It was much the same all the way along the glen towards Ben Aiden, we passed the couple from the bothy who'd pitched on a rise to avoid the bog, I considered joining them but it was too early in the day so we pressed on. The path was dodgy at best as we headed for the proposed camp site, a short steep scramble with only bracken and heather for handholds got the pulse going. Head height bracken and more bog meant the lasy couple of Kms were another slog, we reached the camp area around 18:00.
I pitched my Trailstar on the only bit of half dry ground we could find
The river was low and no rain forecast so Pete chose to bivvy on the raised river bed. We had a small fire on the beach which meant we could dry our shoes and socks off once again, we ate, drank and chatted for a while before calling it a night.
Distance - 16.6km
Monday 25th August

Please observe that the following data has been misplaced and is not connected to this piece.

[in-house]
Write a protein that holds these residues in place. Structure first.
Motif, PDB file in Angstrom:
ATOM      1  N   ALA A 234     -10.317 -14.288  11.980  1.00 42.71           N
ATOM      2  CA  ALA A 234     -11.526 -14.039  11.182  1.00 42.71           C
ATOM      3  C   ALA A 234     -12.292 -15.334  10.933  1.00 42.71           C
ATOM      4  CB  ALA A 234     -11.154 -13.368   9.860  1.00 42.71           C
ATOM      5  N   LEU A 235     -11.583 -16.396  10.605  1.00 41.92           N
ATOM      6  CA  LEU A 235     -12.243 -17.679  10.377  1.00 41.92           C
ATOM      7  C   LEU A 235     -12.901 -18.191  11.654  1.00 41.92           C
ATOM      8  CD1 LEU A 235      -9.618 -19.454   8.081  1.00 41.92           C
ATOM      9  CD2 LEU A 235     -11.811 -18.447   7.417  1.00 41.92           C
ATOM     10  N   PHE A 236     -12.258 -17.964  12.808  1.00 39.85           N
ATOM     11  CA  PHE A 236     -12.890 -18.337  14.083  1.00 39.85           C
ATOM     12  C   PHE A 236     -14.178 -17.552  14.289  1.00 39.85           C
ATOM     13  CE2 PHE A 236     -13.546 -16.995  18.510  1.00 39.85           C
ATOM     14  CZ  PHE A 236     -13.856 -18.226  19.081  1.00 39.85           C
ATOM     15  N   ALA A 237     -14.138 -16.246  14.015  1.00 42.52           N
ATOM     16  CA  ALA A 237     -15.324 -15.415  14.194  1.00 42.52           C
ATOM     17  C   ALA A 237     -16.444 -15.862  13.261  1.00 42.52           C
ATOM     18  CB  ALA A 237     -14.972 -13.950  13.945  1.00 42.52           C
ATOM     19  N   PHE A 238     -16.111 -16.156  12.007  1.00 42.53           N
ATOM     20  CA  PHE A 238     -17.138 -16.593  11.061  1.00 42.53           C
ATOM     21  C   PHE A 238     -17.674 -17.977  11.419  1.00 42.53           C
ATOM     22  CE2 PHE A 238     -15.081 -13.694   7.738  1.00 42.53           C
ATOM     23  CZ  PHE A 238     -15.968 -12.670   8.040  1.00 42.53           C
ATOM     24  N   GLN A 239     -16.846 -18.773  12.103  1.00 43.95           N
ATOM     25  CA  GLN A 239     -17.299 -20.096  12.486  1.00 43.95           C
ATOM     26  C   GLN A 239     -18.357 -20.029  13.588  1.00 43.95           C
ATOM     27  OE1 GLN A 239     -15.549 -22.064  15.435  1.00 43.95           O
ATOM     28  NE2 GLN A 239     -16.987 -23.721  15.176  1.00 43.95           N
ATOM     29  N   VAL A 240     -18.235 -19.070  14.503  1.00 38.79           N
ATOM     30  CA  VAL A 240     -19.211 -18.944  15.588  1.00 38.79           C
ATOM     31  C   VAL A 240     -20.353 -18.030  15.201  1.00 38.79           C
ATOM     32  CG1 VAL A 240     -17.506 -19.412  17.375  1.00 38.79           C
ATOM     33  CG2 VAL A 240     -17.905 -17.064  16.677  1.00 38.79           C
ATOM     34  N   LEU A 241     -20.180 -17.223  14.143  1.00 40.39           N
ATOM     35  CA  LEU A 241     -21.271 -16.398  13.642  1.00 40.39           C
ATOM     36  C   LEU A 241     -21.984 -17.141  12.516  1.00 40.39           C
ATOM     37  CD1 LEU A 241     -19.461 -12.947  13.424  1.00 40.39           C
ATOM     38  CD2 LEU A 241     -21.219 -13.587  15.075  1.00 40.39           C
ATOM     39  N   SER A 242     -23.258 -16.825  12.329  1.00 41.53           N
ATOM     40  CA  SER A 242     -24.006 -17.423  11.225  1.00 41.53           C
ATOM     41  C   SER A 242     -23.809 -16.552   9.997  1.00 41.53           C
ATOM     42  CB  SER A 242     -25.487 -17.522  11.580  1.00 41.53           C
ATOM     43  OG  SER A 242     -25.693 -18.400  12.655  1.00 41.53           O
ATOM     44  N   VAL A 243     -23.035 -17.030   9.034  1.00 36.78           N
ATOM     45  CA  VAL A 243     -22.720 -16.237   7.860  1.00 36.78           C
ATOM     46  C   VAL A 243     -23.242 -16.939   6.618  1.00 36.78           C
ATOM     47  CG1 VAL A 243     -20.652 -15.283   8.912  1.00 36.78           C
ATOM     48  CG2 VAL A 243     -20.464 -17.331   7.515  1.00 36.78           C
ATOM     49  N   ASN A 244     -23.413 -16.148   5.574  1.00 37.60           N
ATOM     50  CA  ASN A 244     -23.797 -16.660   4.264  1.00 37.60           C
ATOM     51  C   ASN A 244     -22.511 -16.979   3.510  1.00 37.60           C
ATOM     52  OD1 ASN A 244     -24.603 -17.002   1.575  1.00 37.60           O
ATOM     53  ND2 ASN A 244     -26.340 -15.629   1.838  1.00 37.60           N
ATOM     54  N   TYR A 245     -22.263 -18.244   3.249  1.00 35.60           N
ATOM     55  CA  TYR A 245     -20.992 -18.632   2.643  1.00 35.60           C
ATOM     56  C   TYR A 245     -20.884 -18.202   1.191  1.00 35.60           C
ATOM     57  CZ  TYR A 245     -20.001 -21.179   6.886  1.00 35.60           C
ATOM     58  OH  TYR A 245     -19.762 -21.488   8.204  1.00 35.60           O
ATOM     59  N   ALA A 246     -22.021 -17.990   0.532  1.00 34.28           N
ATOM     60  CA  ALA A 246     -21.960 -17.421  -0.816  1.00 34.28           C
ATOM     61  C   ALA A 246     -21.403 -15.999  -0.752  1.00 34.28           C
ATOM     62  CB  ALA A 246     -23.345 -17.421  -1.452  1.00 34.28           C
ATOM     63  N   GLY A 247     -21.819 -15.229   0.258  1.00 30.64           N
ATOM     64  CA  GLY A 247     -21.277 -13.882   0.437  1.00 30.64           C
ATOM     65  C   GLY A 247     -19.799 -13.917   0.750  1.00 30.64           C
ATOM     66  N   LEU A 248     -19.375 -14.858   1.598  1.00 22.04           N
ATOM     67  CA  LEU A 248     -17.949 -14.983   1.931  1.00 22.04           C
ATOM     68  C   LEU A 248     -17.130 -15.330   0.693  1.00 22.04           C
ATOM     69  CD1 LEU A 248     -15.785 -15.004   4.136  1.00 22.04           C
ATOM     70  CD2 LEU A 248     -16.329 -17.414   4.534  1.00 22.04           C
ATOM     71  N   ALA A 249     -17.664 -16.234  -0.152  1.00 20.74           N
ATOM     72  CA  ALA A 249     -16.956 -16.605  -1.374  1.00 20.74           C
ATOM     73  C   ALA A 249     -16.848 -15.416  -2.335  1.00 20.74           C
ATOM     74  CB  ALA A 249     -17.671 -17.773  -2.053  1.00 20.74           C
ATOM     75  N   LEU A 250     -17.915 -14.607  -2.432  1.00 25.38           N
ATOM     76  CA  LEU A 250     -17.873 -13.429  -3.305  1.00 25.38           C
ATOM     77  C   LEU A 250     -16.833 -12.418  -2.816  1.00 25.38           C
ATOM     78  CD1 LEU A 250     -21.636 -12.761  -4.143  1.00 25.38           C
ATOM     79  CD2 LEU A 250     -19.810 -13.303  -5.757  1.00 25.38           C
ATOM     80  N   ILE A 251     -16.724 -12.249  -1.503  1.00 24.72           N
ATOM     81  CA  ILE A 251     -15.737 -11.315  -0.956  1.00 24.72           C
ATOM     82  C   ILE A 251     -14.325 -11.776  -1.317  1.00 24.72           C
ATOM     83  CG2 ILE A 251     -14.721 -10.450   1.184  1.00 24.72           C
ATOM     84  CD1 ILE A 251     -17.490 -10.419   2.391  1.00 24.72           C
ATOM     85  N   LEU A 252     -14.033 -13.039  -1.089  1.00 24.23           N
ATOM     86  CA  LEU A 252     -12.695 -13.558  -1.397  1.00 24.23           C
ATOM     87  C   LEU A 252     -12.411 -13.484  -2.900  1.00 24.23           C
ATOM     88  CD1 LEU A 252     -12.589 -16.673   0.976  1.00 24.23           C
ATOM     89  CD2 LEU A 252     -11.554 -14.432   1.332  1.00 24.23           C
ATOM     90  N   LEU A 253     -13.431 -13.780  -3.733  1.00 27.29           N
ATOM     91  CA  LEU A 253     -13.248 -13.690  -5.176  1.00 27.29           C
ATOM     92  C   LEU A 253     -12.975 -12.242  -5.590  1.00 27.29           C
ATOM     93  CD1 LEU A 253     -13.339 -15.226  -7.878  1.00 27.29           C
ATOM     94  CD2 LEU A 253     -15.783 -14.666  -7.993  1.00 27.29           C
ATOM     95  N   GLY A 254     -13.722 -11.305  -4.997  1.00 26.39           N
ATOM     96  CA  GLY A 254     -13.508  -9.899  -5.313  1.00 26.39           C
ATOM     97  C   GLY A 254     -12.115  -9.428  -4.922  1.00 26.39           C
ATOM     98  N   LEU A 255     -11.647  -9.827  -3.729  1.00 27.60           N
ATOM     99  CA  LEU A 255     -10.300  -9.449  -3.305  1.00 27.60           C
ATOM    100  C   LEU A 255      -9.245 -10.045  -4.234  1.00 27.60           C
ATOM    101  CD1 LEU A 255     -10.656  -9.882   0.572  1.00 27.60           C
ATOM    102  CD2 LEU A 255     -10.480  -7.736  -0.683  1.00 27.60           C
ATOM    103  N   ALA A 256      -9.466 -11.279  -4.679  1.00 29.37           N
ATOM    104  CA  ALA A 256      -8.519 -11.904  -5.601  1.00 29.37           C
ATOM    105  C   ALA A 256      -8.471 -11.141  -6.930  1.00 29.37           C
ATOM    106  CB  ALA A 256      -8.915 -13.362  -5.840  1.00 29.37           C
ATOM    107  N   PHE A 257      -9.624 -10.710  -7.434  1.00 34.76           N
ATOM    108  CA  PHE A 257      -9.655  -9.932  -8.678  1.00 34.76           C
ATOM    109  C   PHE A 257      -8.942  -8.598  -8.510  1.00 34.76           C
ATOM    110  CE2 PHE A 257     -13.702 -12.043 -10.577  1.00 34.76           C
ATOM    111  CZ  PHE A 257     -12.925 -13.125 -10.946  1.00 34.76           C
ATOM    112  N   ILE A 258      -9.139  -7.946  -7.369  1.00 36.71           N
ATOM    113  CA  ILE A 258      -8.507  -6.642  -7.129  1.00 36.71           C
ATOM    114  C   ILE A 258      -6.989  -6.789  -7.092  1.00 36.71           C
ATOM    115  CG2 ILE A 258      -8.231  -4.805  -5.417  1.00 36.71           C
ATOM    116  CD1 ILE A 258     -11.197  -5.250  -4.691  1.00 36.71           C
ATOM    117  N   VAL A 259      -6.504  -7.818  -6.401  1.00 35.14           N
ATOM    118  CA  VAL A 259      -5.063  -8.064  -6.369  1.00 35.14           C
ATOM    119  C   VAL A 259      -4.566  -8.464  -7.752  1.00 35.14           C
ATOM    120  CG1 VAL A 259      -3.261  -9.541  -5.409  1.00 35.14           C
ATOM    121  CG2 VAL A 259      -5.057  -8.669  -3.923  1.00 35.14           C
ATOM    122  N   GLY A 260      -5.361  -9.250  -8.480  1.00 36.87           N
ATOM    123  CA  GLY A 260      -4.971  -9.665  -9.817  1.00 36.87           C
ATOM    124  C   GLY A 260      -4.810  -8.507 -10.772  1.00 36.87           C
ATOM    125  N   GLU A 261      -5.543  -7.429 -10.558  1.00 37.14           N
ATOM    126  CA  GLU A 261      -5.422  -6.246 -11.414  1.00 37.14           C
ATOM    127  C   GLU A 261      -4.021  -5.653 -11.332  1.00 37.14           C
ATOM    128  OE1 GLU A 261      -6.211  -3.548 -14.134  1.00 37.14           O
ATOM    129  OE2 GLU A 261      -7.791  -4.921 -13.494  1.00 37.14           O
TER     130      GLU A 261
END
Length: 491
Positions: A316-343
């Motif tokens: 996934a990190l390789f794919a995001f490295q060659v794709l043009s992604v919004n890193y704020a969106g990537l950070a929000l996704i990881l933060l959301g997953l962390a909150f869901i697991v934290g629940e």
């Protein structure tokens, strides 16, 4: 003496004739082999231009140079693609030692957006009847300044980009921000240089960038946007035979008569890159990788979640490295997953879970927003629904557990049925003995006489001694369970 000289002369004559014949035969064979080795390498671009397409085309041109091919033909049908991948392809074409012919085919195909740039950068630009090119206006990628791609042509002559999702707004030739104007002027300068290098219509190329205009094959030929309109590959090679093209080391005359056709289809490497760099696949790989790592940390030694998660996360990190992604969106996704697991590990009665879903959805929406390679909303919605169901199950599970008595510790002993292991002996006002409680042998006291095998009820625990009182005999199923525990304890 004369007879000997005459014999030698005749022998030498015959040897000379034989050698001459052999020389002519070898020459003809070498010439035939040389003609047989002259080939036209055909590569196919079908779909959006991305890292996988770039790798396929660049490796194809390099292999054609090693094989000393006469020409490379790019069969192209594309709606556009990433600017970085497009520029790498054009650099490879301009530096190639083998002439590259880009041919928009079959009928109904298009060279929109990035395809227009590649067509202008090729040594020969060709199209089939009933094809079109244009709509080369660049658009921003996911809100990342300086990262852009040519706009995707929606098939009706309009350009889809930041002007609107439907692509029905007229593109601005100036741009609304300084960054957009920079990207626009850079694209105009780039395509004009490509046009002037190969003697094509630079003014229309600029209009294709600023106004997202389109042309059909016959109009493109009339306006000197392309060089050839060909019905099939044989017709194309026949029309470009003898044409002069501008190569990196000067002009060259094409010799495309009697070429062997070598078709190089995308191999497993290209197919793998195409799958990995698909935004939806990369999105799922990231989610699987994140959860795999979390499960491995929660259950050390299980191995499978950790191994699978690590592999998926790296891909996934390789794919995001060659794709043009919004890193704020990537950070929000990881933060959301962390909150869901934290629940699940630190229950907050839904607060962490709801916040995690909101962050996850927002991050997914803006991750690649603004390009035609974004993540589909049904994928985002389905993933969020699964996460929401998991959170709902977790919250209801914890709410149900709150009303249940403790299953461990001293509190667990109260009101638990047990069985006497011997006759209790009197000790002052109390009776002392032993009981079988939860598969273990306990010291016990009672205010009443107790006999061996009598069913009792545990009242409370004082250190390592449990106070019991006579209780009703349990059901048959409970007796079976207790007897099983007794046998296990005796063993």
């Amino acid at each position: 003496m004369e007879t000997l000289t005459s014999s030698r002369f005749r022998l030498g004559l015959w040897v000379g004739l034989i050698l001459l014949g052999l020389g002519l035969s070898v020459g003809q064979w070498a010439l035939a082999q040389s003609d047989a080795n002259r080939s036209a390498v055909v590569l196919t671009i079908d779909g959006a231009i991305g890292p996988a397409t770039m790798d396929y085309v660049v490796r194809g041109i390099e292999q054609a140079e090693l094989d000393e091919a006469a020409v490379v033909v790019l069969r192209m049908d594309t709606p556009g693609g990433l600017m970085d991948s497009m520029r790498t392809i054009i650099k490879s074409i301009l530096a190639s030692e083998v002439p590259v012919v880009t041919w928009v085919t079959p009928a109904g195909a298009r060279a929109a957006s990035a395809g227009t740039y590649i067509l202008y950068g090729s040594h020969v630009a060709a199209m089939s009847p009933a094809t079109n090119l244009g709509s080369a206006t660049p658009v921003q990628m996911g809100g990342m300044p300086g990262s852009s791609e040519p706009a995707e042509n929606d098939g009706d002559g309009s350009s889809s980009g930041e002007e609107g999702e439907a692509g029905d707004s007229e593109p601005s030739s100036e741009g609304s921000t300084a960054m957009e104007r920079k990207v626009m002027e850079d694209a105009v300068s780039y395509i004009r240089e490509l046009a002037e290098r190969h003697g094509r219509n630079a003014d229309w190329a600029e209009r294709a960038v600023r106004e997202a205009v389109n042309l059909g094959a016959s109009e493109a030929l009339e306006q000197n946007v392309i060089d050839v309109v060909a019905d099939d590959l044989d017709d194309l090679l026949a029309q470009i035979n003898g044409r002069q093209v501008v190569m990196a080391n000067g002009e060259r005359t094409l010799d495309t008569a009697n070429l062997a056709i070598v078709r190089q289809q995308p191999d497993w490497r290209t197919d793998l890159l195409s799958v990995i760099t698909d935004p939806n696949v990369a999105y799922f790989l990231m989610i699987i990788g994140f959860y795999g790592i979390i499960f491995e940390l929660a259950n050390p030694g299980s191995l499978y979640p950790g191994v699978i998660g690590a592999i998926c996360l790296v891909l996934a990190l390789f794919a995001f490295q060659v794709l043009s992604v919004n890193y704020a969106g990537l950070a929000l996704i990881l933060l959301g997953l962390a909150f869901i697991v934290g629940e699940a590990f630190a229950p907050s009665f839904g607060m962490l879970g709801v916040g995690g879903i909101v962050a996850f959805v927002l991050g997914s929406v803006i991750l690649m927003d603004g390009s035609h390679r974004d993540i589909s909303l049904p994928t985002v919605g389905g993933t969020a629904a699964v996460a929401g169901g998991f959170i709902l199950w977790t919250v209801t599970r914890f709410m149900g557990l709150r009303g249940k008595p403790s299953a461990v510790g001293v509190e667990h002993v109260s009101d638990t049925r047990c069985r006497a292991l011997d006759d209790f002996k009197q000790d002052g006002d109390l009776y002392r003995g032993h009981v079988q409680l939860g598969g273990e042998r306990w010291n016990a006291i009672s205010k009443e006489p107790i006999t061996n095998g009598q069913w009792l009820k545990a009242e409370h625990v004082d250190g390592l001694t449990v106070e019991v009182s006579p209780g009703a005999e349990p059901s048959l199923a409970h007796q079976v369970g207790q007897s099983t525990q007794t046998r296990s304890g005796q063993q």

We were both up at first light again, the secluded glen we were camped in was chilly though, with no chance of any warmth from the sun we had breakfast and packed up.
Looking back down to camp
Our route took us along a very pretty valley under the shadow of Ben Aiden
A simple climb out of the end of the valley had us stumped, the bracken was head height again and we struggled to find our path through. In the end we resorted to clambering up the side of a burn and up the hill side before we could pick up our path again.
Towards Loch Quoich and Sgurr Mor
It was a slog up the beallach but we were soon descending down Gleann Unndalain, the first decent path we come across since leaving Andy. It was here I put my left foot on a sharp rock and bruised my outer arch/metatarsal area, this would niggle me for the rest of the trip.
Looking north towards Barrisdale Bay
We stopped at the bothy on the way through for lunch, nicely setup and would make a great base for a few days.
The walk from Barrisdale round to Kinloch Hourn took a bit longer than expected, not helped by the fact I missed a path meaning we had to back track a couple of Kms early on. The scenery was lovely though, we stopped at one of the rivers and soaked our feet for half an hour in the sun.